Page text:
Tuesday, March 31, 2009
Because of the housing market bubble, falling home prices is going to be a necessary part of an economic correction. Unfortunately, this must come at a certain cost for current home owners, as the value of their homes also falls.
However, this news also means homes continue to become more affordable for those who want to buy them, and will spur sales. Recently we saw an increase in new home sales, one of the very few good economic signs in recent months (as opposed to news of government redistribution and corporate welfare schemes).
If the government had adopted John Allison's more aggressive 10% home purchase tax credit plan and done it sooner, the effective home price could have been lowered without costing owners and sellers.
As I suggested here, the government's plan also contains a bias against wealth, excluding those with the most money -- and most power to help the recovery -- and the cost of that bias will be to delay the recovery for all. We could have been farther along by now. It is a clear example of the destructive power of altruism, a credo which appears to preach kindness to others, but in fact means tearing down things of value, such as the productive power of people motivated to make a profit from investments.
The practical cost of such sacrifice on a macroeconomic scale is to send us into the type of commercial downward spiral we have witnessed recently. The only cure is to praise the productive and wealthy members of society, and set them free, rather than discriminate against them, order them around, and haul them in front of legislature to grovel in front of their tormentors.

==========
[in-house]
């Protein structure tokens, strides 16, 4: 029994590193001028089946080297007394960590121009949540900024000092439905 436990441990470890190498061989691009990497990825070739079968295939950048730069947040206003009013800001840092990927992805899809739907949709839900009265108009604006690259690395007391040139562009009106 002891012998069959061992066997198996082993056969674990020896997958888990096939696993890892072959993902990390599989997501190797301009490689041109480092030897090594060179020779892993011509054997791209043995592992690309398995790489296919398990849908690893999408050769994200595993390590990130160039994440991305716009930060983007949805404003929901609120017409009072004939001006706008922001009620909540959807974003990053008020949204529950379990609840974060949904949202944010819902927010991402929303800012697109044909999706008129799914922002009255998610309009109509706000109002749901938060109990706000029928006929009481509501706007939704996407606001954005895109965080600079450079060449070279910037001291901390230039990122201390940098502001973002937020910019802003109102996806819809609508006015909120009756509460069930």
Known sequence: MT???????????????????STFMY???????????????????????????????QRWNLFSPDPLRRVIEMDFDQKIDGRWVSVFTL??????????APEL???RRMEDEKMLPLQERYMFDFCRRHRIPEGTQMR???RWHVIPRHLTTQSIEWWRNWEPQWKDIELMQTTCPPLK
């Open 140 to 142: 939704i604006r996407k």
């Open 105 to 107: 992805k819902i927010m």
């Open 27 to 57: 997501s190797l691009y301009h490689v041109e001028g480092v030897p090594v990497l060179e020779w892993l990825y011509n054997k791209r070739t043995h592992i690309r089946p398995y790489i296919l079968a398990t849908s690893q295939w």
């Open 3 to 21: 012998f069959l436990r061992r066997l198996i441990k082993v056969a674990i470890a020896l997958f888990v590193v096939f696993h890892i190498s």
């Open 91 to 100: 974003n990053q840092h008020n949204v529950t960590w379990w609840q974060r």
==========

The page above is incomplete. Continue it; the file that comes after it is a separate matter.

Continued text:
And it actually worked as advertised. There was not a single Vista- or 64-bit-related glitch.
Frankly, I initially had my doubts about Vista itself, based solely on a review of second-hand information, before working with it full time at my new job. But now that I've spent hands-on time with it, I'm a fan. It looks good, it functions well, it has some nice new features, and it will see all the RAM I put into my laptop (32-bit Windows versions usually allocate a maximum of about 3 GB of address space to user RAM, whereas I actually had installed 4 GB). There are even 6GB RAM kits available for the MacBook, although they're too pricey for me at this time.
Yes, it does seem to use a lot of RAM, but that's why I got 4 GB: so I had options.
Interestingly, my Apple hardware scores very well on the Windows Vista performance tests (scale is 0 to 5.9):
This is a highter score than my new quad-core system at work, mainly due to a faster hard drive and graphics card.
There are definitely more issues to navigate when using a 64-bit OS, although none have been show-stoppers. For example, in one case I had to run both the 32-bit and 64-bit updater for a software package because it had components targeted to each of the architectures. But for someone in the technology business like myself, writing software for various processors, at the very least it's a good learning experience.
Saturday, March 21, 2009